Student Resources and Opportunities

Student Profiles
Isabelle La Motte filming on the ski slope.


Recipients of ENVS Ian A. Worley Award Express Creativity through Film, Writing, Art and Herbalism

The Ian A. Worley award allows undergraduates in the UVM Environmental Program to go beyond conventional forms of problem solving to pursue creative and innovative approaches. Although these approaches vary greatly among students, they are all geared toward a common goal: to address current and future environmental challenges.

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Nathan Fry stands on the Ak Sai Glacier in the Ala Archa National Park, Kyrgyzstan. Photo by Ben Teasdale (UVM ’15).


Nathan Fry Creates Ecological Leadership Program in Kyrgyzstan

At the twilight of my eight-year active duty military career, I was feeling a bit unmoored. Having spent the previous decade of my life always training for the next big challenge in my military career, deciding to bring it to an end to allow my family to settle down and grow roots in a community left me with more questions than ...

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RSENR student Abigail Heggenstaller interned with The American Chestnut Foundation.


Abigail Heggenstaller Interns with The American Chestnut Foundation

Last summer, I worked as an intern at the Pennsylvania Chapter of The American Chestnut Foundation (TACF). I participated in a wide variety of tasks, such as general orchard maintenance, data entry, and data collection in Vermont and Maine.

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Undergraduate Programs

The Rubenstein School of Environment and Natural Resources has a reputation for excellence in the study of the environment and natural resources. We are proud to be one of the nation's premier environmental programs. Hands-on learning, outstanding faculty, an innovative curriculum, state-of-the-art research come together in our extraordinary outdoor laboratory—the state of Vermont. Your experience will be personalized in our close community of about 600 students. Meet some of our students >>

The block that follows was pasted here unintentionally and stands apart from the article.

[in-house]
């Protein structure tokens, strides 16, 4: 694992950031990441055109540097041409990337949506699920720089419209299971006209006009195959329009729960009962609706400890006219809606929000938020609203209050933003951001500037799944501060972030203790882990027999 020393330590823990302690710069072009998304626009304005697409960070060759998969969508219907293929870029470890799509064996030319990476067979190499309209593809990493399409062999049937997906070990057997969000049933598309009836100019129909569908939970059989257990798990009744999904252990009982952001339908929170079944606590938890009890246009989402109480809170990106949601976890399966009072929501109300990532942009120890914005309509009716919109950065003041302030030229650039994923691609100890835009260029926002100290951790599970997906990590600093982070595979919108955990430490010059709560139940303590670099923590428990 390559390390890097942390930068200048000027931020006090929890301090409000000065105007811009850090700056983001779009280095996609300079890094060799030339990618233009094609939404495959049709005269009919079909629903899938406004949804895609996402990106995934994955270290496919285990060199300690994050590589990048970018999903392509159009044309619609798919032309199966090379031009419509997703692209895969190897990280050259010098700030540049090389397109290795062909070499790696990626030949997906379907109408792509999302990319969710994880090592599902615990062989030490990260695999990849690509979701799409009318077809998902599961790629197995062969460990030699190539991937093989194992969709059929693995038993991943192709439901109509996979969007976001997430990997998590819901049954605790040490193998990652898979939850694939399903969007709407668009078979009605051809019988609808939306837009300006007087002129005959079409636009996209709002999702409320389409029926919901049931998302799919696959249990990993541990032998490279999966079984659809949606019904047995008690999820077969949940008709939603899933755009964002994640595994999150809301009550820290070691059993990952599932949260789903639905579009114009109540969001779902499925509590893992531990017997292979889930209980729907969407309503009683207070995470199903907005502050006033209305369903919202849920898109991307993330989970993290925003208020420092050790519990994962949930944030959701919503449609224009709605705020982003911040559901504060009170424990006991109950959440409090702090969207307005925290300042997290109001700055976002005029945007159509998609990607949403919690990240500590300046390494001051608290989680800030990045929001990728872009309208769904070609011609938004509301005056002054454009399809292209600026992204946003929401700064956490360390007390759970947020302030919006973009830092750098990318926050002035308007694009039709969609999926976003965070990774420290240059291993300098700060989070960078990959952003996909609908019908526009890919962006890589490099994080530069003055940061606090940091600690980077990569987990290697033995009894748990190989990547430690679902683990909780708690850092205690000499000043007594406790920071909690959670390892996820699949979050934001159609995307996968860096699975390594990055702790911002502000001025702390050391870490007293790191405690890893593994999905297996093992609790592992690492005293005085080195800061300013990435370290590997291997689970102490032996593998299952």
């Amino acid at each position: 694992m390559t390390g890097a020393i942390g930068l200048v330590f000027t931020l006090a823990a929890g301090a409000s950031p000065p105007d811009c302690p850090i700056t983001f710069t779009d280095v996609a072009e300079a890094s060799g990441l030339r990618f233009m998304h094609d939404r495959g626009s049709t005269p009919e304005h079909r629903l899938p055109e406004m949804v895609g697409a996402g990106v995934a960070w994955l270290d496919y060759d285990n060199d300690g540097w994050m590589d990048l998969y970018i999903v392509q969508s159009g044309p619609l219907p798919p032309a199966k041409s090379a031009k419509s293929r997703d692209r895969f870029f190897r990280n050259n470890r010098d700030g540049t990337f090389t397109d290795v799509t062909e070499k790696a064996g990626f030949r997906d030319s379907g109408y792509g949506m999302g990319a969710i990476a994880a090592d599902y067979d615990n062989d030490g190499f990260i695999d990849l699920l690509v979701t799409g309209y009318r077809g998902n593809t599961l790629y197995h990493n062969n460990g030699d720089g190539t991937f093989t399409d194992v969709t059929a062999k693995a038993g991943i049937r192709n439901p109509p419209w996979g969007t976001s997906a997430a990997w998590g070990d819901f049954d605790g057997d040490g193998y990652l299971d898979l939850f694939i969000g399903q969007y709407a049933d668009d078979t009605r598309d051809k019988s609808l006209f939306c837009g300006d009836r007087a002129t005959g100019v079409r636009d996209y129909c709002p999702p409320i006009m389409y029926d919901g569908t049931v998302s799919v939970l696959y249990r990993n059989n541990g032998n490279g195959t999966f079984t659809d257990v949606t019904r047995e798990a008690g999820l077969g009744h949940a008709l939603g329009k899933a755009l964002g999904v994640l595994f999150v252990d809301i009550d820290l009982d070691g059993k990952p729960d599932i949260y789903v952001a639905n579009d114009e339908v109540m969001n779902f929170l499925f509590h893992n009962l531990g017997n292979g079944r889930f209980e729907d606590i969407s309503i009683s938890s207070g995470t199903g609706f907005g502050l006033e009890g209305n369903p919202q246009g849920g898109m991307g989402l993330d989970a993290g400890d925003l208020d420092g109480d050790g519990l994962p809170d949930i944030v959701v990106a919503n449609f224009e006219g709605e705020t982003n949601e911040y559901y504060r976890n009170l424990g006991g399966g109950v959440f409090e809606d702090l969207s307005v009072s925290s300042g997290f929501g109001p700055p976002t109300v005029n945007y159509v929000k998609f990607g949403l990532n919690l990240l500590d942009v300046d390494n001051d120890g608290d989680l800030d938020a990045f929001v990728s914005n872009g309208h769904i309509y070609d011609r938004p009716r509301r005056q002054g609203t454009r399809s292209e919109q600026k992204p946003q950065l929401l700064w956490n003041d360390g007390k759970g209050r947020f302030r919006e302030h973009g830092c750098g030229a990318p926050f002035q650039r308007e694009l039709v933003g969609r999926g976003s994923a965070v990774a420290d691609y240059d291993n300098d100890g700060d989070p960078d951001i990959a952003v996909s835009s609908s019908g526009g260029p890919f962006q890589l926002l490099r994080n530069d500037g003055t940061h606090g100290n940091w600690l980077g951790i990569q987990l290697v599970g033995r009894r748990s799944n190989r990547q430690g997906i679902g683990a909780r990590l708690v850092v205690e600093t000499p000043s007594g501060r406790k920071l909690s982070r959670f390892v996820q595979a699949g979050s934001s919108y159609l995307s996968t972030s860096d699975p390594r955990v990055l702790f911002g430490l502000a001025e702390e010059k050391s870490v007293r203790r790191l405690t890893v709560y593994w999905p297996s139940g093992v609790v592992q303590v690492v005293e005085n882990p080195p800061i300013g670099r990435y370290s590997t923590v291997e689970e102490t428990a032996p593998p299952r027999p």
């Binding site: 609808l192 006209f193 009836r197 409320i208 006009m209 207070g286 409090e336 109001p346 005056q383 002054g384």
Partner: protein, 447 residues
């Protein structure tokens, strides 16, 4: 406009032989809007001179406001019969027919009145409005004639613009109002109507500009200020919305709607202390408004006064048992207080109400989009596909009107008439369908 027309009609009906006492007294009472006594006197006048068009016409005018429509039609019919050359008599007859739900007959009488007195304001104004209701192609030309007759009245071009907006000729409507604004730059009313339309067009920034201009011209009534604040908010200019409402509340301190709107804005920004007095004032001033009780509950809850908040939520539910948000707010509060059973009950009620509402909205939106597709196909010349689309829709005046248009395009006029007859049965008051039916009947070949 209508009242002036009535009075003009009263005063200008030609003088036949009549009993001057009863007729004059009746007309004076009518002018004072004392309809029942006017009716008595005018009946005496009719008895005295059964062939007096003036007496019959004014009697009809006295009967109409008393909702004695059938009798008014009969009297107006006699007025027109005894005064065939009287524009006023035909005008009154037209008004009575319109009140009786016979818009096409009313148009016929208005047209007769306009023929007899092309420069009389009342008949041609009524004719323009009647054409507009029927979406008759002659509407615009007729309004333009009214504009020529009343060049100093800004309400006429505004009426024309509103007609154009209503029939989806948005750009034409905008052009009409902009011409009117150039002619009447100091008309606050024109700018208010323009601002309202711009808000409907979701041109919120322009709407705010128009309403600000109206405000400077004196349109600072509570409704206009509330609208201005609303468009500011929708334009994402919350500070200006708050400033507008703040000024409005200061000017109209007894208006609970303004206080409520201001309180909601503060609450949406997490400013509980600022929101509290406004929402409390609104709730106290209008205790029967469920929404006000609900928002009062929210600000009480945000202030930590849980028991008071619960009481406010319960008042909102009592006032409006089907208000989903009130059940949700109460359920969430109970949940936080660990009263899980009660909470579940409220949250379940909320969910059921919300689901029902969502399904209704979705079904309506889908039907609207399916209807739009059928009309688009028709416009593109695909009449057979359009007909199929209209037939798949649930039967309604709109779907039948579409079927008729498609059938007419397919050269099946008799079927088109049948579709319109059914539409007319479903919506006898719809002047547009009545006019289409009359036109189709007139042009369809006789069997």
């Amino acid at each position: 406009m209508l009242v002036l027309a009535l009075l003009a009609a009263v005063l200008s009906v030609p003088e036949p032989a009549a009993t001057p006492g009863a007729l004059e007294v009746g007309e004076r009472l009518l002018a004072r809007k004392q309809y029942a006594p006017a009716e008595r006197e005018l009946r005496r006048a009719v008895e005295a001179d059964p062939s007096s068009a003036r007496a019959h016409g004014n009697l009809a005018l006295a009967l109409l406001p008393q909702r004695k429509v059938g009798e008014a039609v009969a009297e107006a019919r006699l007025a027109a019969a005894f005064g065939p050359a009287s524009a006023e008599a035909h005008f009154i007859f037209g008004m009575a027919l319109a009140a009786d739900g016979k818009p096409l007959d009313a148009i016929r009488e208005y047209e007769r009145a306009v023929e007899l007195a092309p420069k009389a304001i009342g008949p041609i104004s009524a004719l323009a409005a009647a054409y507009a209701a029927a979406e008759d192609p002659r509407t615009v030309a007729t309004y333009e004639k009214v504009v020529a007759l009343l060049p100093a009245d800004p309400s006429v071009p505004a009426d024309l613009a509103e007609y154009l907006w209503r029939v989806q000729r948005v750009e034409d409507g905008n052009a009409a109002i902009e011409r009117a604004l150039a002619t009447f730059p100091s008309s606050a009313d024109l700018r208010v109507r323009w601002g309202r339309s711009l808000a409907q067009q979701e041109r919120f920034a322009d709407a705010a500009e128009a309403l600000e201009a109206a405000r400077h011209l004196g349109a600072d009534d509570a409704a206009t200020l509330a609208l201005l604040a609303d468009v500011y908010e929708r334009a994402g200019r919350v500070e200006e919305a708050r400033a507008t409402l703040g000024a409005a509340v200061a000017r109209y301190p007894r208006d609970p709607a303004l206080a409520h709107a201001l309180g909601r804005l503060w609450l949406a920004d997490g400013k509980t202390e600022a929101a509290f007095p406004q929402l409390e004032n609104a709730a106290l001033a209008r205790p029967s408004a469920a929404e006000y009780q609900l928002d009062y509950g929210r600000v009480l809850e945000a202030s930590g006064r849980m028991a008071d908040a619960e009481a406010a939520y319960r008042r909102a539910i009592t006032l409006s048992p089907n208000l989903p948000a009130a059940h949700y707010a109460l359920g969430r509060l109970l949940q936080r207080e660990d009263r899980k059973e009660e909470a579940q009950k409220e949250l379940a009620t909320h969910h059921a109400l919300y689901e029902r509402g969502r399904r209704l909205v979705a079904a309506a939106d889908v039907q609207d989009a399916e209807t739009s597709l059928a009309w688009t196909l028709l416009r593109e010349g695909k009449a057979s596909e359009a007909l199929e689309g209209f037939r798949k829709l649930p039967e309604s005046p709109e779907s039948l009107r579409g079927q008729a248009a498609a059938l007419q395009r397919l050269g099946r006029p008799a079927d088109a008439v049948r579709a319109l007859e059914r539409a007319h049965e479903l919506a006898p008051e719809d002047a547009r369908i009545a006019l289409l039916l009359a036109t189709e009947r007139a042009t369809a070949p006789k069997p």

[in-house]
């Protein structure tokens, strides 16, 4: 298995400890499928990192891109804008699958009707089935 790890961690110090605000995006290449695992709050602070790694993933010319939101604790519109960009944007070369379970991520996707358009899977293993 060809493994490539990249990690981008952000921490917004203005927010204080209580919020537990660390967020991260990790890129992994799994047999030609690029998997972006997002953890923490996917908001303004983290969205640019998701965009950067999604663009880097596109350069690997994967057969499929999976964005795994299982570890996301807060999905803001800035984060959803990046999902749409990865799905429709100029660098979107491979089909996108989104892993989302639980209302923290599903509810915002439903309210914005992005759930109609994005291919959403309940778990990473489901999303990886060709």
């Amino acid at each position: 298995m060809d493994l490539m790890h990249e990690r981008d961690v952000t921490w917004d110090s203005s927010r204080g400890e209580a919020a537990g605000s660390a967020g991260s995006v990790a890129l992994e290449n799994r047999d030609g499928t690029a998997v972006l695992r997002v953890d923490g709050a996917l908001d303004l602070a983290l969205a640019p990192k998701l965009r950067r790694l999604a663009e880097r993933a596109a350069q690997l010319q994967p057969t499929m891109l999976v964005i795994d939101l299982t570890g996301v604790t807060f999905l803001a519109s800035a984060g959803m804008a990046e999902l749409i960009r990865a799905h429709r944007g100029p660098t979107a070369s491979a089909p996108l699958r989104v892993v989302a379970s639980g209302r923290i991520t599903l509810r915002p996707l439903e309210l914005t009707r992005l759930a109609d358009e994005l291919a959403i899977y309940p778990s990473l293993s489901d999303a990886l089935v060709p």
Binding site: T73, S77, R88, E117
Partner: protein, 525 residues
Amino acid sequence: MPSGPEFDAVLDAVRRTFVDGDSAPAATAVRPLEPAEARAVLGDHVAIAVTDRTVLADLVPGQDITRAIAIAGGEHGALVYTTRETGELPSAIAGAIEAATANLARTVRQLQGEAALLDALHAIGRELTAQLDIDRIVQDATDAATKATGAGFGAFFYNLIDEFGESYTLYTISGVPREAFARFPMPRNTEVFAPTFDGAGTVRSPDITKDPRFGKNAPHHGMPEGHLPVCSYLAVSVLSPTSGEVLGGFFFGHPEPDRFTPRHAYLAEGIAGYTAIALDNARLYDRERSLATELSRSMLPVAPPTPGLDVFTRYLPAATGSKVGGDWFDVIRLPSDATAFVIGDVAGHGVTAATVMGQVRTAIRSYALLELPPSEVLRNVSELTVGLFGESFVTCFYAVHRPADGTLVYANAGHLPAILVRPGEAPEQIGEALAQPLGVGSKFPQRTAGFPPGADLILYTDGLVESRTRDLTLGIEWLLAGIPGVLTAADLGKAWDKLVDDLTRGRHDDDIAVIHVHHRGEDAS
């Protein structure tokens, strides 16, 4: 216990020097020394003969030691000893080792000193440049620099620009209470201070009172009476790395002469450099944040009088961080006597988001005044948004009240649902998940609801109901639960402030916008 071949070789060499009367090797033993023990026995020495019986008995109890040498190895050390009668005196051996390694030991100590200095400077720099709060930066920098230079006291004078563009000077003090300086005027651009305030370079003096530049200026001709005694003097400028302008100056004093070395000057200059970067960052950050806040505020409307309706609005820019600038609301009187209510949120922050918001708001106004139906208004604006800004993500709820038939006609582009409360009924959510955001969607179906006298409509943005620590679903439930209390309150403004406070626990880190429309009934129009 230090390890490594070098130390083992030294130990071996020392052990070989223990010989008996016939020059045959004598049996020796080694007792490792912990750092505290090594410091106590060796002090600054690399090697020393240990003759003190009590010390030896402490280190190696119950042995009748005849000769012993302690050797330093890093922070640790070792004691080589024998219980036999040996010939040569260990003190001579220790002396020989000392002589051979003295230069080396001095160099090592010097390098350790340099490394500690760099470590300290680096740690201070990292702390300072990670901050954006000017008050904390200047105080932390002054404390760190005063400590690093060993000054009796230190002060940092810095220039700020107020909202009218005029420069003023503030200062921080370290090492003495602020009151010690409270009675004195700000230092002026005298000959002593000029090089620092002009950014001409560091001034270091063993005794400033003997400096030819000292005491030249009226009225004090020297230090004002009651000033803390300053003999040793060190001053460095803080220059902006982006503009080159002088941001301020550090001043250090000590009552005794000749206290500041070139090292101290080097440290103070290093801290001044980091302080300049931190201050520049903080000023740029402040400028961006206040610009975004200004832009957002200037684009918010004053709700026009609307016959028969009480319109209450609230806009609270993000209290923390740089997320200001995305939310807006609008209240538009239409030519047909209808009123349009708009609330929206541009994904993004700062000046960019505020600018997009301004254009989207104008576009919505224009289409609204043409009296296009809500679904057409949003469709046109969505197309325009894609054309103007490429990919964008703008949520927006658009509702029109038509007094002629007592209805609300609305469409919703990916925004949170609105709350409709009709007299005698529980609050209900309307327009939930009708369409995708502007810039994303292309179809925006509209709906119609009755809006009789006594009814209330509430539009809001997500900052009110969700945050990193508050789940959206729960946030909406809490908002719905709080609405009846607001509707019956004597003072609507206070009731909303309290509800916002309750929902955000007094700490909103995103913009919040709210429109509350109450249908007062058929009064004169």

Faculty who love to teach. Rubenstein faculty are dedicated to undergraduate teaching. You will share the classroom with teacher-researchers solving today's biggest environmental problems. Our faculty >>

The Rubenstein School offers an innovative four-year core curriculum. The four-year sequence integrating ecology, human perspectives, ecosystem management, natural resource policy, and environmental assessment applies your knowledge of natural and social science to solving real-world problems. Core curriculum >>

The Rubenstein School graduates succeed. Our career services coordinator in our Office of Experiential Learning works directly with our students from the time they arrive at the University. Most of our graduates are employed in positions that tap their specific education in natural resources. They work as environmental consultants, foresters, naturalists, wildlife biologists, ski area managers, land-use planners, teachers, researchers, natural resource policy analysts, and more. If you want a broad-based education and an environmental career that can lead to positive change in the world, join us. Learn more about Experiential Learning >>

Why study the environment at UVM?

The University of Vermont long ago recognized the importance of providing educational opportunities in natural resource conservation and management. Efforts were initiated with forestry courses in 1888. High quality undergraduate instruction and advising in environmental and natural resources disciplines are our highest priorities. The emphasis on excellence in undergraduate natural resource programming is underscored by the School's administrative structure and a strong interdisciplinary core curriculum. Distinctions among disciplines are de-emphasized while the elements of a strong professional education are retained.